“They do the same work as we do, but they make more money and have less oversight."
That was the complaint of Cambridge cab driver Chando Souffrent, who joined his fellow cabbies Monday for a day-long strike and demonstration in front of city hall.
“We want them out if they won’t be regulated better," said Souffrent, who has driven a cab for 22 years. This is all out of greed. We have set fares, they do not. They charge what they want. We are in crisis. Serious crisis.”
The Cambridge cabbies went on strike at 4 a.m. on Monday, protesting the “free rides” Uber and Lyft drivers seem to get when it comes to regulation, resulting in a financial headlock for Hackney drivers.
They claim that Uber and Lyft have decimated their business, cutting profits in half due to a void in proper insurance, background checks and training for their drivers.
The one-day strike brought large crowds in front of Cambridge City Hall and conducted a rolling protest, which shut down the Mass. Ave. Bridge during Monday’s morning rush hour.
The cabbies claim they have lost 65 percent of their business to Uber and Lyft across the board. In Boston, you have 1825 hackney licenses. 267 in Cambridge. Uber has 17,000 cars in the area. While the cities regulate cab meters, Uber can set whatever price they want. As a result, cabbies claim that they have taken a 65 percent hit in business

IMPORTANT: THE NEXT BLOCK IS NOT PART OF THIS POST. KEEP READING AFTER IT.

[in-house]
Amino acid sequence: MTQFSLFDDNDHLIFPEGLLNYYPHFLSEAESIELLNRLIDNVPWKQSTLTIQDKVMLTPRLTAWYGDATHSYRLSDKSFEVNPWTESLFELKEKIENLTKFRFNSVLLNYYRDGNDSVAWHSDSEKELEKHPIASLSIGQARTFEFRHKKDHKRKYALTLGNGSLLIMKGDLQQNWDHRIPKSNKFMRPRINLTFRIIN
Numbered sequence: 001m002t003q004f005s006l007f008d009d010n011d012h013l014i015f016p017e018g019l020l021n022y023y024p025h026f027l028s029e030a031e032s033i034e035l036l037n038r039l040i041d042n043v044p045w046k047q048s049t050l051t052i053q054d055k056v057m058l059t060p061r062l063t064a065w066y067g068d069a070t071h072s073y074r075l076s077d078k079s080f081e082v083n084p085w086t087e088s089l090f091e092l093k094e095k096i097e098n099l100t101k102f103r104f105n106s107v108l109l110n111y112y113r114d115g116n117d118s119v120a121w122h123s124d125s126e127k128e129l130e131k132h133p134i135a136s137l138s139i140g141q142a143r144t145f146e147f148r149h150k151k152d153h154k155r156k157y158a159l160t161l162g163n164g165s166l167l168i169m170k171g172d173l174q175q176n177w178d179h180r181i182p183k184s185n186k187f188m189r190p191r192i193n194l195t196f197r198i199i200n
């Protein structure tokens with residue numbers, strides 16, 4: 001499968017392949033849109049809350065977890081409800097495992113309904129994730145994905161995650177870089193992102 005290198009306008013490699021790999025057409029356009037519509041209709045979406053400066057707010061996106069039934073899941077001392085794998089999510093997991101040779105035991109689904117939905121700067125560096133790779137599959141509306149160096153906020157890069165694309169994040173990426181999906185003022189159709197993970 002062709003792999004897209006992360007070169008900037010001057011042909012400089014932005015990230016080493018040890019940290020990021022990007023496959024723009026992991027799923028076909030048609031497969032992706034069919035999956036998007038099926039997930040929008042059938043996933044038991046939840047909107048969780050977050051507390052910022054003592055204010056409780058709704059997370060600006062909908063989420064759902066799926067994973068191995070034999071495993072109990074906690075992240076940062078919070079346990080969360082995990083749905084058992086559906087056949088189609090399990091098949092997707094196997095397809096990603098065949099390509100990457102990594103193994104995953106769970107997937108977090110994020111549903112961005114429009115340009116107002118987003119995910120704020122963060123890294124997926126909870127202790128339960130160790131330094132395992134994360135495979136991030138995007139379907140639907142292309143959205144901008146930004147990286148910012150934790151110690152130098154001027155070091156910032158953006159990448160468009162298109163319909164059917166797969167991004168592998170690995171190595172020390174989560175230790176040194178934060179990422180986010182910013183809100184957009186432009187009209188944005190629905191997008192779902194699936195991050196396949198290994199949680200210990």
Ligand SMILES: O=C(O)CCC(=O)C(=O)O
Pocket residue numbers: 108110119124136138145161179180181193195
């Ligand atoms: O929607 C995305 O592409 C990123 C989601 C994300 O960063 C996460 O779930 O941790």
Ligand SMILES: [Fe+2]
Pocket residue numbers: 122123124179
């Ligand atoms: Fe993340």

“[Uber and Lyft] get a free lunch,” former Cambridge Mayor Anthony Galluccio said. “Should I be able to sell bottled water or Pepsi outside of a 7-11? Should you be able to sell gas in front of a gas station? No. These guys all have mortgaged their houses, worked 20-some-odd years for their medallions. Someone comes in and doesn’t need the medallions? That’s a free lunch and that’s not what America is about.”
The groups protesting outside of Cambridge City Hall were not calling for a full-on exile of Lyft and Uber, but for legislators to establish an equal playing field.
“If Uber’s coming in, they should buy medallions and pay these guys $700-$800,000 dollars for the medallions,” Galluccio said. “This is not fair one bit. It’s not about service quality. I’m not concerned with safety. I’m worried about how unfair this is. Americans have always stood for fairness. Many of these guys are first generation Americans who came here to work their rear ends off to earn honest money.”